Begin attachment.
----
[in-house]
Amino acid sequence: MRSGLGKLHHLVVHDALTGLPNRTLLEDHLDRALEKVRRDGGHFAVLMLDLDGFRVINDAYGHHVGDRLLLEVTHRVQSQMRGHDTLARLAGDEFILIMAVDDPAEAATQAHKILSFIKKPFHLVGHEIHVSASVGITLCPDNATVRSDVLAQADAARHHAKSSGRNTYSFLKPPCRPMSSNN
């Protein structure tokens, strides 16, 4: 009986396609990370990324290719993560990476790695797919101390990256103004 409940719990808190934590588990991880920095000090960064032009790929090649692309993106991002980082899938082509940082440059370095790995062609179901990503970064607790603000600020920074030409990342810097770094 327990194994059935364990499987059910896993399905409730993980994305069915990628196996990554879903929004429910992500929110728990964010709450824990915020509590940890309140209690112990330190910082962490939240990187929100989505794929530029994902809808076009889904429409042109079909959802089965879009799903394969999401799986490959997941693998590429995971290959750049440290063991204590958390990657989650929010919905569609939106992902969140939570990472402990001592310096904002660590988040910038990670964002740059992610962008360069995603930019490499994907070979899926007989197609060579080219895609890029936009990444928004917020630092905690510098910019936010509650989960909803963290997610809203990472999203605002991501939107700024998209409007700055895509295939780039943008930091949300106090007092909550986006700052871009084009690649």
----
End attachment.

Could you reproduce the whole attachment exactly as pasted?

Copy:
[in-house]
Amino acid sequence: MRSGLGKLHHLVVHDALTGLPNRTLLEDHLDRALEKVRRDGGHFAVLMLDLDGFRVINDAYGHHVGDRLLLEVTHRVQSQMRGHDTLARLAGDEFILIMAVDDPAEAATQAHKILSFIKKPFHLVGHEIHVSASVGITLCPDNATVRSDVLAQADAARHHAKSSGRNTYSFLKPPCRPMSSNN
């Protein structure tokens, strides 16, 4: 009986396609990370990324290719993560990476790695797919101390990256103004 409940719990808190934590588990991880920095000090960064032009790929090649692309993106991002980082899938082509940082440059370095790995062609179901990503970064607790603000600020920074030409990342810097770094 327990194994059935364990499987059910896993399905409730993980994305069915990628196996990554879903929004429910992500929110728990964010709450824990915020509590940890309140209690112990330190910082962490939240990187929100989505794929530029994902809808076009889904429409042109079909959802089965879009799903394969999401799986490959997941693998590429995971290959750049440290063991204590958390990657989650929010919905569609939106992902969140939570990472402990001592310096904002660590988040910038990670964002740059992610962008360069995603930019490499994907070979899926007989197609060579080219895609890029936009990444928004917020630092905690510098910019936010509650989960909803963290997610809203990472999203605002991501939107700024998209409007700055895509295939780039943008930091949300106090007092909550986006700052871009084009690649």